Style Over Substance…

This months More Magazine has a fashion layout for seven female journalists. Four of them appear on TV. Three of them got their big TV break on MSNBC.

Soledad O’Brien, Norah O’Donnell, Chris Jansing, Kathleen Parker, PBS Newshour’s Christina Bellantoni, Politico’s Maggie Haberman, and the NY Times’ Helene Cooper all get the More fashion treatment.

I suppose there’s a place for this fluff but considering More’s charter I would have liked to have seen the magazine tackle more controversial topics like how on air female talent get punished for getting older and the pressures they face and challenges they overcome to stay in the game.

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16 Responses to “Style Over Substance…”

  1. Incoming fire in 3…2…1…

  2. Highly successful yet still fully feminine. I’ve wondered before if these “Style” and “Sexy” pieces are a story that accomplished women in this industry want to tell but us guys just never quite get.

  3. Pretty women in nice dresses. I have no problem with fashion shoots.

  4. Interesting that none of FNC’s female journalists made the cut.

  5. ^ Really?

  6. Quite interesting. Especially since for years, Fox got bashed for putting attractive women on the air.

  7. Fritz, maybe it’s interesting that no female journalist from FNC made the More cut, but it’s not surprising. If you were a regular reader of More, like I am, you would know that it leans quite to the left.

  8. ^^Ahh! That explains it.

  9. You automatically assume that it was More’s decision to leave FNC out. I wouldn’t assume that…

  10. So Spud your saying FNC wouldn’t allow their lovey female journalists to appear in More.

    Why would that be? Three possibilities;
    1) because More is a left wing rag
    2) because they don’t want their female reporters to be portrayed as fashion slaves
    3) they don’t want comparisons between their female reporters and female reporters from other networks

    I can’t decide.

  11. 4) Because FBN/FNC do not with for their talent to appear with the ladies of the other channels.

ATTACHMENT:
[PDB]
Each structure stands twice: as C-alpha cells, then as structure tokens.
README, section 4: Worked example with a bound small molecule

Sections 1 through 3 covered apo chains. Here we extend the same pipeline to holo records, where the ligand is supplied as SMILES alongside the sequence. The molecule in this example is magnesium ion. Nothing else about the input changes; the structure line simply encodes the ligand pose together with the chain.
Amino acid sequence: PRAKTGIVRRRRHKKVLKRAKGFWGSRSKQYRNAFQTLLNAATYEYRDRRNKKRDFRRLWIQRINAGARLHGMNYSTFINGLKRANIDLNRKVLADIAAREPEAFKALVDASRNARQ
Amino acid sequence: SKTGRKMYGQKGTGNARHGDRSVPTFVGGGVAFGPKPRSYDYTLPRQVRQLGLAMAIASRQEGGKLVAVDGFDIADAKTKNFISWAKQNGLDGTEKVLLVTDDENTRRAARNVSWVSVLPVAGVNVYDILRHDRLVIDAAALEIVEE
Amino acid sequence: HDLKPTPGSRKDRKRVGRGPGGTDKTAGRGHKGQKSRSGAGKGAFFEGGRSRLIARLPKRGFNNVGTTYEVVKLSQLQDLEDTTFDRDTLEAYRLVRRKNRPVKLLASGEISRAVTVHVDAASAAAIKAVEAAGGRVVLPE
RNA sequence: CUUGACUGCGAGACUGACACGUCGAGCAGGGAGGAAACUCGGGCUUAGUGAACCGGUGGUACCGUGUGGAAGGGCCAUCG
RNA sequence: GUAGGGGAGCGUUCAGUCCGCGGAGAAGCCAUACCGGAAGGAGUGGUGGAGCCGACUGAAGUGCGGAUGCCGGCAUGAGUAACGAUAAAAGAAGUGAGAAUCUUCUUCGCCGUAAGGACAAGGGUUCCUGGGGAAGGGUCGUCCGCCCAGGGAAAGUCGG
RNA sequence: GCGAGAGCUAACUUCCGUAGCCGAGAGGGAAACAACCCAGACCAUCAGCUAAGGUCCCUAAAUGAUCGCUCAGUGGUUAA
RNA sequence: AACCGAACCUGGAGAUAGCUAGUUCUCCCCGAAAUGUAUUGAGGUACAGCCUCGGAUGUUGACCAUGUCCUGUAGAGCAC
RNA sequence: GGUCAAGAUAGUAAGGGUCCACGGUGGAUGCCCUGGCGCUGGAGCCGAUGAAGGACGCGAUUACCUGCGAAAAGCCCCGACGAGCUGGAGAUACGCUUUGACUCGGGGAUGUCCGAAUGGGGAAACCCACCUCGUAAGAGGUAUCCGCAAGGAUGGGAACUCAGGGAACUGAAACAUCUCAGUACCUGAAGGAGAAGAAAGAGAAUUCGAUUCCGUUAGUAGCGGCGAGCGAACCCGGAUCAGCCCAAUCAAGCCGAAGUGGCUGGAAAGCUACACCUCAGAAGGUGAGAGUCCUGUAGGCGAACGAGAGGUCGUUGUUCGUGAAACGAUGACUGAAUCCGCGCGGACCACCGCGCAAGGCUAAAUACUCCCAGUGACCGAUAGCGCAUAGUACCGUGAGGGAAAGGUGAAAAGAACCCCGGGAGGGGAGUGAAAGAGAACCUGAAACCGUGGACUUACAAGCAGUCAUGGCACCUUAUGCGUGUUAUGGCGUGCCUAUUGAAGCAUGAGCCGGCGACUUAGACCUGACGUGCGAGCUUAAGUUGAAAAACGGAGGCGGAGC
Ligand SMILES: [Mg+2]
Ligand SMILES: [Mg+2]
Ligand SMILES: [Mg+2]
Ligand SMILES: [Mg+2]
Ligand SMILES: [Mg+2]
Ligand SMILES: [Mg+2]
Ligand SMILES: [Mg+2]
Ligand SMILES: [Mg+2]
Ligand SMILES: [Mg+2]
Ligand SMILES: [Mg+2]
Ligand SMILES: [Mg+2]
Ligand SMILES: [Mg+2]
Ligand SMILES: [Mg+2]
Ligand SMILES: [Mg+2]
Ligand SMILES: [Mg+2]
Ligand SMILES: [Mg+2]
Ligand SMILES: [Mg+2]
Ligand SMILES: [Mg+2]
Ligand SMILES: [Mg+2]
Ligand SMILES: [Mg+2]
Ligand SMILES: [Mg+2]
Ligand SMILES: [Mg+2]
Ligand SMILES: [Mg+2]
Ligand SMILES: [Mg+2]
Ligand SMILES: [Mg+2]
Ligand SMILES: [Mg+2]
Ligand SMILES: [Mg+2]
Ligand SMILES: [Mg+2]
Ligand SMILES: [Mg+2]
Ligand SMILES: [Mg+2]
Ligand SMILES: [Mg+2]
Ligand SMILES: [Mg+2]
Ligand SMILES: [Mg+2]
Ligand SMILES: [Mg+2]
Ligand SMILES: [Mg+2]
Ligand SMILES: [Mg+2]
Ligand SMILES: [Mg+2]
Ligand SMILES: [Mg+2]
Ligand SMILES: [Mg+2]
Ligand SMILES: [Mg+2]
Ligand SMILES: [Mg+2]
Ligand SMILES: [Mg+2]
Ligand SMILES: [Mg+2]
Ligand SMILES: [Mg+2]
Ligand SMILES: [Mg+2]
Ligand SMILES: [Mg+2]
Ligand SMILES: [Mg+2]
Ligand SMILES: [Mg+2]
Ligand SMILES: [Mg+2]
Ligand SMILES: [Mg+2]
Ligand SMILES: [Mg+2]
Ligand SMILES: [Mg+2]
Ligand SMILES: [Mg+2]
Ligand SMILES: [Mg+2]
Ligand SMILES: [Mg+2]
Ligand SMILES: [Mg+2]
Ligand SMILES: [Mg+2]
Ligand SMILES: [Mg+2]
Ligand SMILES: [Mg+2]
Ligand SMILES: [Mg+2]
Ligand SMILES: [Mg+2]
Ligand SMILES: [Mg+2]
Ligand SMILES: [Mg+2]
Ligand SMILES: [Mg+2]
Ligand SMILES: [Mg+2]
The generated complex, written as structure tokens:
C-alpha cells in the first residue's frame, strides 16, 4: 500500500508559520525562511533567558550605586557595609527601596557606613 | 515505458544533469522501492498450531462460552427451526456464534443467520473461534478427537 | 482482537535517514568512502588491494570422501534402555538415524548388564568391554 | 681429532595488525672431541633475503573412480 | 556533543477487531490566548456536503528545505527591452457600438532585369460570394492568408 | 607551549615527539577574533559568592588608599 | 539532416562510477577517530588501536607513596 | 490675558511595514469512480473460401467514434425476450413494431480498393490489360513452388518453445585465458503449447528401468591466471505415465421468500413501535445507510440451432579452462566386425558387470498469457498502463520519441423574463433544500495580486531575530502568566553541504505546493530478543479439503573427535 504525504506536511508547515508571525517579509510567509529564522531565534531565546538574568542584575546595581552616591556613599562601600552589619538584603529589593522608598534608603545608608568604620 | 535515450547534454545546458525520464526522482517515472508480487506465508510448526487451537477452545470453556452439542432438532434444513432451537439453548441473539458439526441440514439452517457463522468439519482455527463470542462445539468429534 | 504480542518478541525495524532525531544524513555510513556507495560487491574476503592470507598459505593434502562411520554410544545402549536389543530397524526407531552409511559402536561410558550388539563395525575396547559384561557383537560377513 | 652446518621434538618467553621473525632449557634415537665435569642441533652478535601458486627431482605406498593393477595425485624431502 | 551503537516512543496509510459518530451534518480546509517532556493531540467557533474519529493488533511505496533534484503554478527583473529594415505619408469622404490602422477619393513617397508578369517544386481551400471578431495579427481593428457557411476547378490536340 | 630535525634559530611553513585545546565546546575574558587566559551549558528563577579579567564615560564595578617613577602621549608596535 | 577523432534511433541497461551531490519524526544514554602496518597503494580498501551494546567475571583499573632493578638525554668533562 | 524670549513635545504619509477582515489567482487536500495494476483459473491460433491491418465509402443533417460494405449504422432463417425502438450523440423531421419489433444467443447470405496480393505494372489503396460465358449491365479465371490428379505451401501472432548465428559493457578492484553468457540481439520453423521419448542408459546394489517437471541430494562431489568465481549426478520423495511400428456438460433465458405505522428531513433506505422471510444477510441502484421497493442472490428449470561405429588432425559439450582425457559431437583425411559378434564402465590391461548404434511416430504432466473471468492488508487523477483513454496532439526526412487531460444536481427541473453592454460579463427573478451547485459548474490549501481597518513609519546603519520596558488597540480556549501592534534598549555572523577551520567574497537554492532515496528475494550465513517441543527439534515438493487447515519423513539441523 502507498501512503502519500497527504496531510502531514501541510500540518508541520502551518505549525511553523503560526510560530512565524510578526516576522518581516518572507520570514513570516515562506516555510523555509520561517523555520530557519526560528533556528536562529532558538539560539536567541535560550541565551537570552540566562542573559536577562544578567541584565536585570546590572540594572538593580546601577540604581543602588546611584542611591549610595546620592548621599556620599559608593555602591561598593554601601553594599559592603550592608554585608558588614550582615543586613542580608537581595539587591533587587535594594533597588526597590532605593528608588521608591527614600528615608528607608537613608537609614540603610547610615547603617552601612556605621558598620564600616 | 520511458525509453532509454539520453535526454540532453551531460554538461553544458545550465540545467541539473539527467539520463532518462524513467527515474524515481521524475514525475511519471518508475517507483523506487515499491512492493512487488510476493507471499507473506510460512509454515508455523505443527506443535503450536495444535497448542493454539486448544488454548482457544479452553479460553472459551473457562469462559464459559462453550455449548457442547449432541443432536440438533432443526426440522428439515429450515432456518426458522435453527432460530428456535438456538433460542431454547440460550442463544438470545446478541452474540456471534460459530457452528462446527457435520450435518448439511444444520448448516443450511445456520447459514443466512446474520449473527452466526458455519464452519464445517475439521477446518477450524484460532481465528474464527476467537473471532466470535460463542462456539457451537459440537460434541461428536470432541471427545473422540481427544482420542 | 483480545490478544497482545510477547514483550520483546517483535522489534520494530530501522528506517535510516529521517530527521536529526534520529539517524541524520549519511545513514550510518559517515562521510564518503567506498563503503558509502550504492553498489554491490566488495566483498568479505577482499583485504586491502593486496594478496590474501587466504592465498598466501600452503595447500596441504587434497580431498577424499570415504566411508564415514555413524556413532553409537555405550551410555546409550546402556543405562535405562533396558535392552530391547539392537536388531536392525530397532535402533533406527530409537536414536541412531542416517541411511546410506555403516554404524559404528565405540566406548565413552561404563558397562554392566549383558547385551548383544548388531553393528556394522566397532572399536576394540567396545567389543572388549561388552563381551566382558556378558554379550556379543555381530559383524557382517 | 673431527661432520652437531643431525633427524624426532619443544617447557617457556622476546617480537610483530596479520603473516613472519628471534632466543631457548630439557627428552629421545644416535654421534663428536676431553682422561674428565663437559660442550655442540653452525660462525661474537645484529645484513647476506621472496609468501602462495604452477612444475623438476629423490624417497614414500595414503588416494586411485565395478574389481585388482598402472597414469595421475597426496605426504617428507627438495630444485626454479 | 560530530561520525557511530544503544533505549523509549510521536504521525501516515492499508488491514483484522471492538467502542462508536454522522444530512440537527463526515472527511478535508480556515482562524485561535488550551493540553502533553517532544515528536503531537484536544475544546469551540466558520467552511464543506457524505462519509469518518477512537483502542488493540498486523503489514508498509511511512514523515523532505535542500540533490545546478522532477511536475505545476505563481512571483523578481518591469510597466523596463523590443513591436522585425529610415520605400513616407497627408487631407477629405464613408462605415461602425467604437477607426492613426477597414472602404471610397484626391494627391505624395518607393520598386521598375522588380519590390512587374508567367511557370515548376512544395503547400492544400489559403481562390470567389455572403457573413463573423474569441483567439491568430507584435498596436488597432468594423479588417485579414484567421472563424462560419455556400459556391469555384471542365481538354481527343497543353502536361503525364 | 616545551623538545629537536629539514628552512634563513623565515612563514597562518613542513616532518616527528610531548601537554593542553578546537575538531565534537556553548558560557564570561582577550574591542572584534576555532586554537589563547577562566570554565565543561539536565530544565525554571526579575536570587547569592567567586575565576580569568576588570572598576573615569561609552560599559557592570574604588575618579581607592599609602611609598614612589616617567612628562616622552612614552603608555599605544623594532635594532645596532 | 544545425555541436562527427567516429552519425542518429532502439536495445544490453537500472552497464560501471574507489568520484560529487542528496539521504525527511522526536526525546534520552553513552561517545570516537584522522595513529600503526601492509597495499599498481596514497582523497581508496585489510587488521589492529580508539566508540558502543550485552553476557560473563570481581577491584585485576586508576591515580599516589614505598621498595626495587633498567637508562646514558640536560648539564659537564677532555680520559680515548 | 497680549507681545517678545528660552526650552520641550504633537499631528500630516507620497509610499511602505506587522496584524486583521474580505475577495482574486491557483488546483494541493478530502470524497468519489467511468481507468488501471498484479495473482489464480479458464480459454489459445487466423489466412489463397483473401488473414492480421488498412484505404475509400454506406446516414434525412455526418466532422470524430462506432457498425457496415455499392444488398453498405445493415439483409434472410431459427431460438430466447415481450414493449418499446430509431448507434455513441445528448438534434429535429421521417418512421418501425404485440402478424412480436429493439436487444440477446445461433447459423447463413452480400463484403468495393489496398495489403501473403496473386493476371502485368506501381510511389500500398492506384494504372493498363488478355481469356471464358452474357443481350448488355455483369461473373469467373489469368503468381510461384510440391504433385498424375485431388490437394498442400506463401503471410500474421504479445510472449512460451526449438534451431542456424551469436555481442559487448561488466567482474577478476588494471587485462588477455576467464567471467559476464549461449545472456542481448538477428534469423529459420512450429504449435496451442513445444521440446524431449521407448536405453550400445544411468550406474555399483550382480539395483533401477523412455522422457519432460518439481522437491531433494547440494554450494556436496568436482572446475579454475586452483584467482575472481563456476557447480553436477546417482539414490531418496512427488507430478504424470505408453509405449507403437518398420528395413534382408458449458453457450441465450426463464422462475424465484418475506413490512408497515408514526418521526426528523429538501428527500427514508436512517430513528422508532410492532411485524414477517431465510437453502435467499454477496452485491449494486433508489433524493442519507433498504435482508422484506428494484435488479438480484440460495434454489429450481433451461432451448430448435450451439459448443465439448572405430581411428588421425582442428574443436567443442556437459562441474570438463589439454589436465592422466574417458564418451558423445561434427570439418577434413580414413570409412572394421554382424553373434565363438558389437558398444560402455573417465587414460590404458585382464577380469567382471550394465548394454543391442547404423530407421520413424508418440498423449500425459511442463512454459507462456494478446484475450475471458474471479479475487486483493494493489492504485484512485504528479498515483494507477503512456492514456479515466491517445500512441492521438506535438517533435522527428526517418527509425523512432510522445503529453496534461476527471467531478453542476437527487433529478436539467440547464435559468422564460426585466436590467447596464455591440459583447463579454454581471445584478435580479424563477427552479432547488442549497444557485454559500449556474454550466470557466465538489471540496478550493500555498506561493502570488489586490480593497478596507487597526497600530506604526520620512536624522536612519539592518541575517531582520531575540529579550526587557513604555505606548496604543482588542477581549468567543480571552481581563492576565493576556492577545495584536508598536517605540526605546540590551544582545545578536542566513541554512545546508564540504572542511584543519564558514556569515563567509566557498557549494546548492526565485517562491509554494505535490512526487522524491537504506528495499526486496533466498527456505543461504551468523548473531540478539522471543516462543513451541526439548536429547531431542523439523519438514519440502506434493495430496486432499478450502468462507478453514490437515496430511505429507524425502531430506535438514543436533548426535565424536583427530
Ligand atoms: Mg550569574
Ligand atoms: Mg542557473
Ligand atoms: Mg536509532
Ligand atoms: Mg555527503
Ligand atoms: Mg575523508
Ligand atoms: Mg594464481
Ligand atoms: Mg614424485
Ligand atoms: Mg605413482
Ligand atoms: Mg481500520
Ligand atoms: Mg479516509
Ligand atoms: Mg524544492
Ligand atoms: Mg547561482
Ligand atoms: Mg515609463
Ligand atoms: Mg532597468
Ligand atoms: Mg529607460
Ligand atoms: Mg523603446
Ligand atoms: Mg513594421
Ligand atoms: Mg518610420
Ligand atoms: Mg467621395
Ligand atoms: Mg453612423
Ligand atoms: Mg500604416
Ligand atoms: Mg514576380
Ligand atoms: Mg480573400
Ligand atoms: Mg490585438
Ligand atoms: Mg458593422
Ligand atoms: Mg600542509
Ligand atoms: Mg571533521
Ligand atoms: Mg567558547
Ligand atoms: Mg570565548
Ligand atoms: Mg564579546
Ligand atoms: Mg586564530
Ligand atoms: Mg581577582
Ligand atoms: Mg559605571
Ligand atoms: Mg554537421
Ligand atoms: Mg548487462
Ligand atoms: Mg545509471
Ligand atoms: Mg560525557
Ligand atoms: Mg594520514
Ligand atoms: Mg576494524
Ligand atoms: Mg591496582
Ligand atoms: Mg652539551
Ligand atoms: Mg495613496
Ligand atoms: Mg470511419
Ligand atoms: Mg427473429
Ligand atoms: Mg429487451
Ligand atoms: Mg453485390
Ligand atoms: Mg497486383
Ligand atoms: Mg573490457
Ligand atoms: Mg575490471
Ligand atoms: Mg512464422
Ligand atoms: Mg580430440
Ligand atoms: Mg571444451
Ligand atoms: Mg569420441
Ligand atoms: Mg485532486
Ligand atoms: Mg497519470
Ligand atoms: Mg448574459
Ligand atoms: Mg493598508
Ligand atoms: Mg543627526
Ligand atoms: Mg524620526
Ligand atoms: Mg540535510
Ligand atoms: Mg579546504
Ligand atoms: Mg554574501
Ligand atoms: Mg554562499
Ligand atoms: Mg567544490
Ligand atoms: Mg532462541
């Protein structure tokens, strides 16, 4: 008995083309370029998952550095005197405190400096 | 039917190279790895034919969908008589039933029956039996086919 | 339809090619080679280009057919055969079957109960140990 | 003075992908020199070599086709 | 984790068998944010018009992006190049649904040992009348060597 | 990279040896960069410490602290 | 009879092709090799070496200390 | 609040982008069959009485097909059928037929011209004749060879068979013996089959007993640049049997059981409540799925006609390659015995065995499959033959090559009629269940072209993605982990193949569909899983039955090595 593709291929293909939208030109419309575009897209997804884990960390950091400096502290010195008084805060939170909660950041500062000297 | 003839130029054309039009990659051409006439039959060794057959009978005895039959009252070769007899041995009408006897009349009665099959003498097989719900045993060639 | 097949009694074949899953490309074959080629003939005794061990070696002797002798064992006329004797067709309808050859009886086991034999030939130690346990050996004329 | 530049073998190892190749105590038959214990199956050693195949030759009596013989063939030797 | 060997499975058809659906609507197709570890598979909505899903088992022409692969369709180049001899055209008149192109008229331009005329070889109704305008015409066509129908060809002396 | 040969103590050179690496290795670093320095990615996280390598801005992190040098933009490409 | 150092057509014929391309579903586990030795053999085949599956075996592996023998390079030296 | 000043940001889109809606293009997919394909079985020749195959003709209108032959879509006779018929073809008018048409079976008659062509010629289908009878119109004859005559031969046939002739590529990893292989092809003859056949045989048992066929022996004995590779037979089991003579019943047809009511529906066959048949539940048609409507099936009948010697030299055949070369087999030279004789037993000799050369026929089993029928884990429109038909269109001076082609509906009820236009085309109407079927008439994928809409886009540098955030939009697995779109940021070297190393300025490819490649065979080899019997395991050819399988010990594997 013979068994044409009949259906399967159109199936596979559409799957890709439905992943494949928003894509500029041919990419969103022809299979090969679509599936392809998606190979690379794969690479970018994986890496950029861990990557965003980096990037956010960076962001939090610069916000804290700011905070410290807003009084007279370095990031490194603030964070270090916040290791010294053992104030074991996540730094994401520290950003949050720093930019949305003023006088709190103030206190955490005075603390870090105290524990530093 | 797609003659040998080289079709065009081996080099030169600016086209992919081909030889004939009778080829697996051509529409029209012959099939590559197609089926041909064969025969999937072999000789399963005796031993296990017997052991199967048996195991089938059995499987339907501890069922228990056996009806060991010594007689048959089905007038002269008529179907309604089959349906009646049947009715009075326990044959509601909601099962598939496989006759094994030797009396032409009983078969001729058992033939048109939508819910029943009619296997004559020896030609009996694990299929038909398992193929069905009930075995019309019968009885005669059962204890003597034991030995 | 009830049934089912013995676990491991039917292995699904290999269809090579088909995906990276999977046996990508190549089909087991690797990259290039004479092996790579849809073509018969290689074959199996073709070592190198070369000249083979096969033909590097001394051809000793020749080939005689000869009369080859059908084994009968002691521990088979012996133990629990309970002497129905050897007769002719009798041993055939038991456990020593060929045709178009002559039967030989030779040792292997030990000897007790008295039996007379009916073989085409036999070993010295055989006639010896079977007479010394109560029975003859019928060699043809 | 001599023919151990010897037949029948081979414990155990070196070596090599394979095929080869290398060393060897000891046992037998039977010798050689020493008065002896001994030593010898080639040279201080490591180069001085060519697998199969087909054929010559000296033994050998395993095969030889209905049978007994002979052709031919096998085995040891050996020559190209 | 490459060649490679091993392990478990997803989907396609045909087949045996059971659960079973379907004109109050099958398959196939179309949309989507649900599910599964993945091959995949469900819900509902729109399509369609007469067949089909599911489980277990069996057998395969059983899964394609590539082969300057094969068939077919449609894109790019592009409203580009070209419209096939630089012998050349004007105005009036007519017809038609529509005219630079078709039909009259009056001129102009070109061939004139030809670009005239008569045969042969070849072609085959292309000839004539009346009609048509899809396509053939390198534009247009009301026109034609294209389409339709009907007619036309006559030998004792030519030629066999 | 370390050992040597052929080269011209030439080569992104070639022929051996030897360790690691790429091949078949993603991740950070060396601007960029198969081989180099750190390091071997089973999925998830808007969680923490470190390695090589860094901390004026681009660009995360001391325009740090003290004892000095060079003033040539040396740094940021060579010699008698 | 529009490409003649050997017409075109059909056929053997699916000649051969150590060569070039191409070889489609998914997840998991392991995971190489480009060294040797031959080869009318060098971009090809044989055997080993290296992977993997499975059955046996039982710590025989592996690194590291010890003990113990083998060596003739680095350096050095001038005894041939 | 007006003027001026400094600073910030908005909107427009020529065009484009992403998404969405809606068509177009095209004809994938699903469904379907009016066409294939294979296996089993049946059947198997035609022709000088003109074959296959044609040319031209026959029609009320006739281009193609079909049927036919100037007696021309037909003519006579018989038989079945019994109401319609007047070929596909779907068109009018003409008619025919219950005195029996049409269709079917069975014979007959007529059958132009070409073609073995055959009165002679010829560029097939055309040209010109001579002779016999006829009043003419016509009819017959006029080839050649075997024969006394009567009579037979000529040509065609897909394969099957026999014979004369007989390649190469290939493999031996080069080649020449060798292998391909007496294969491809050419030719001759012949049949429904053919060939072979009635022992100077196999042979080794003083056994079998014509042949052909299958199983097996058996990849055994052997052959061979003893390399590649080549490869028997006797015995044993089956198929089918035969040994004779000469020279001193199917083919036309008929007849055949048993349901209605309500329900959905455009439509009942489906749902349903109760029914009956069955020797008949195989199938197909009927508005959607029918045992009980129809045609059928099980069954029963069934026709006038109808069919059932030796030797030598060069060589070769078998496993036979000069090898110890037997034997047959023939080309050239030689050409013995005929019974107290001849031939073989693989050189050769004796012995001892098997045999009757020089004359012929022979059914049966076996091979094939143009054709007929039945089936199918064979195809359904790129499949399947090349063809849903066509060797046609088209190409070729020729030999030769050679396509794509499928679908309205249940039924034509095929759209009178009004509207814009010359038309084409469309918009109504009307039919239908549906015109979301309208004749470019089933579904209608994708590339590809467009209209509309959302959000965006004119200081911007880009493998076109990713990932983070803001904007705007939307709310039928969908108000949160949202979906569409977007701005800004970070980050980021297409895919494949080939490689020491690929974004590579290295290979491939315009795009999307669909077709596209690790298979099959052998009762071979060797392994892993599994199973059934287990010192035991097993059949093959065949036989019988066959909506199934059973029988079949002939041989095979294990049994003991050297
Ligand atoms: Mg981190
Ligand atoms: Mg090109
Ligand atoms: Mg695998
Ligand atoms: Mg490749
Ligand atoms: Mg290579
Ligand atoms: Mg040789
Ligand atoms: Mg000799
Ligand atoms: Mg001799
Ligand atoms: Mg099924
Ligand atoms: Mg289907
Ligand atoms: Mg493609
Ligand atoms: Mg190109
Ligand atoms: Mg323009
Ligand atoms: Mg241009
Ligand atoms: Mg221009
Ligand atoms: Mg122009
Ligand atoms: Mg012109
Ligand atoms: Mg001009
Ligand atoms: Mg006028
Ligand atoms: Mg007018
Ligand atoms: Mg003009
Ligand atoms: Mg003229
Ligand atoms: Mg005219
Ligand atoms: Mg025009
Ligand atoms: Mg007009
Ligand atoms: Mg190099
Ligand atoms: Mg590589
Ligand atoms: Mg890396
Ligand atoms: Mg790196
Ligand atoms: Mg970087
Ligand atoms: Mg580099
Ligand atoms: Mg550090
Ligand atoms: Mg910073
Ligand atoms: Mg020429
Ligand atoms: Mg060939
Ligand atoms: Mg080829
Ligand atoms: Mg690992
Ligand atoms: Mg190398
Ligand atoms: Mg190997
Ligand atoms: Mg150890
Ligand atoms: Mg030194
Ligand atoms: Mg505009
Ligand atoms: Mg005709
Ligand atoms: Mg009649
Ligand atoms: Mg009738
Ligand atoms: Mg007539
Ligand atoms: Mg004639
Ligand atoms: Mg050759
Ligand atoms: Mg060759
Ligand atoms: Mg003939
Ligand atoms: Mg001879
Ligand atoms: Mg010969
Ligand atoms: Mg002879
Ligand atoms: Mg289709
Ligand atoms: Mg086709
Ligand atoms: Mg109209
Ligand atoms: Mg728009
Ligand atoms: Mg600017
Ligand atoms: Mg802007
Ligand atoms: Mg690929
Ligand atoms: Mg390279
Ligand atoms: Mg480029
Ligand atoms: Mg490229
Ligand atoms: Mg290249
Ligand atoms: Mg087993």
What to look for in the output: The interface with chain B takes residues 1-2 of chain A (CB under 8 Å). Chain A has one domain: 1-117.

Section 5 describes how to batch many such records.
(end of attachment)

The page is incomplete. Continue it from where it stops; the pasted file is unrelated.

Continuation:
5) Because there may have recently been a photo-shoot for a similar article that will be published by a different magazine and now would not be a good time for this one.
    6) Because the women of FBN/FNC didn’t want to take part.

  12. Quite interesting. Especially since for years, Fox got bashed for putting attractive women on the air.

    I’ve never bashed them for hiring attractive women. I reserve that for the excessive makeup and “leg chairs”, which makes them look like the boy-toy fantasies of the creepy old men running that network.

  13. I’m with Spud on this. This fluff is typically harmless enough – the women here are widely respected journalists so it seems innocuous but there is a real problem in TV news where women experience a great deal of pressure about their appearance. Unfortunately, it is too often assumed that a woman’s substance is derived from her style and appearance and this kind of fluff just reinforces that idea. It is a burden that men in the business simply do not bear. I don’t blame the women who pose in these types of shoots – it is good publicity but I would LOVE to know their private, honest opinions about the damage that unrealistic beauty and fashion standards does to the careers of TV newswomen. Let’s face it, we all watch enough cable news to know there are many women who spend too much time in front of the mirror and not enough time reading a book. Who can blame them when the rewards for obsessing about one’s appearance is far greater than if you were just competent.